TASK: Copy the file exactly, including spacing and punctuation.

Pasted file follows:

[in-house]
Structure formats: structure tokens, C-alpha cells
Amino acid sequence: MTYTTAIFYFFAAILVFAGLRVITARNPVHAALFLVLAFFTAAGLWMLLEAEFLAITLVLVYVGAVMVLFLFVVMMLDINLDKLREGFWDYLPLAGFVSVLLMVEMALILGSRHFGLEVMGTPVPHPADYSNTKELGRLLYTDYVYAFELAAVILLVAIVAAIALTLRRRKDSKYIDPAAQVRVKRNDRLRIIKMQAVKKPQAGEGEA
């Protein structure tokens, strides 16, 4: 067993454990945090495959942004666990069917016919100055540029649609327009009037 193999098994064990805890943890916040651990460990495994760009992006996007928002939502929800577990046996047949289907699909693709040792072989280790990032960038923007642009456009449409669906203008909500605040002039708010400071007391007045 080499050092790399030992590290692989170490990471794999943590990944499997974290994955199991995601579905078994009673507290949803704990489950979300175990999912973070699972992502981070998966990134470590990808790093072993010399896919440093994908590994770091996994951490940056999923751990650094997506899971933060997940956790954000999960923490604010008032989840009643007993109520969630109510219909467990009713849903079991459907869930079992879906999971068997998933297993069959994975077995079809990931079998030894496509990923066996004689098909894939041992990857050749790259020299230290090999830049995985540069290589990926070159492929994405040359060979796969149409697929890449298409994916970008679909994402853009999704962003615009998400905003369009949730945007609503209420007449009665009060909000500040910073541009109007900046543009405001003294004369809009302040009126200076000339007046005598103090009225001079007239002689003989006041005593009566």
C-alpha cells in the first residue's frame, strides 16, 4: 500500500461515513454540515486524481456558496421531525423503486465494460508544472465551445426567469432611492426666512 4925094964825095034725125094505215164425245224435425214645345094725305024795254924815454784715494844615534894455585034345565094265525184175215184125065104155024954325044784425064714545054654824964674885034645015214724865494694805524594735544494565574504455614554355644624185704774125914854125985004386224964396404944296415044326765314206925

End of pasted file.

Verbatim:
[in-house]
Structure formats: structure tokens, C-alpha cells
Amino acid sequence: MTYTTAIFYFFAAILVFAGLRVITARNPVHAALFLVLAFFTAAGLWMLLEAEFLAITLVLVYVGAVMVLFLFVVMMLDINLDKLREGFWDYLPLAGFVSVLLMVEMALILGSRHFGLEVMGTPVPHPADYSNTKELGRLLYTDYVYAFELAAVILLVAIVAAIALTLRRRKDSKYIDPAAQVRVKRNDRLRIIKMQAVKKPQAGEGEA
């Protein structure tokens, strides 16, 4: 067993454990945090495959942004666990069917016919100055540029649609327009009037 193999098994064990805890943890916040651990460990495994760009992006996007928002939502929800577990046996047949289907699909693709040792072989280790990032960038923007642009456009449409669906203008909500605040002039708010400071007391007045 080499050092790399030992590290692989170490990471794999943590990944499997974290994955199991995601579905078994009673507290949803704990489950979300175990999912973070699972992502981070998966990134470590990808790093072993010399896919440093994908590994770091996994951490940056999923751990650094997506899971933060997940956790954000999960923490604010008032989840009643007993109520969630109510219909467990009713849903079991459907869930079992879906999971068997998933297993069959994975077995079809990931079998030894496509990923066996004689098909894939041992990857050749790259020299230290090999830049995985540069290589990926070159492929994405040359060979796969149409697929890449298409994916970008679909994402853009999704962003615009998400905003369009949730945007609503209420007449009665009060909000500040910073541009109007900046543009405001003294004369809009302040009126200076000339007046005598103090009225001079007239002689003989006041005593009566």
C-alpha cells in the first residue's frame, strides 16, 4: 500500500461515513454540515486524481456558496421531525423503486465494460508544472465551445426567469432611492426666512 4925094964825095034725125094505215164425245224435425214645345094725305024795254924815454784715494844615534894455585034345565094265525184175215184125065104155024954325044784425064714545054654824964674885034645015214724865494694805524594735544494565574504455614554355644624185704774125914854125985004386224964396404944296415044326765314206925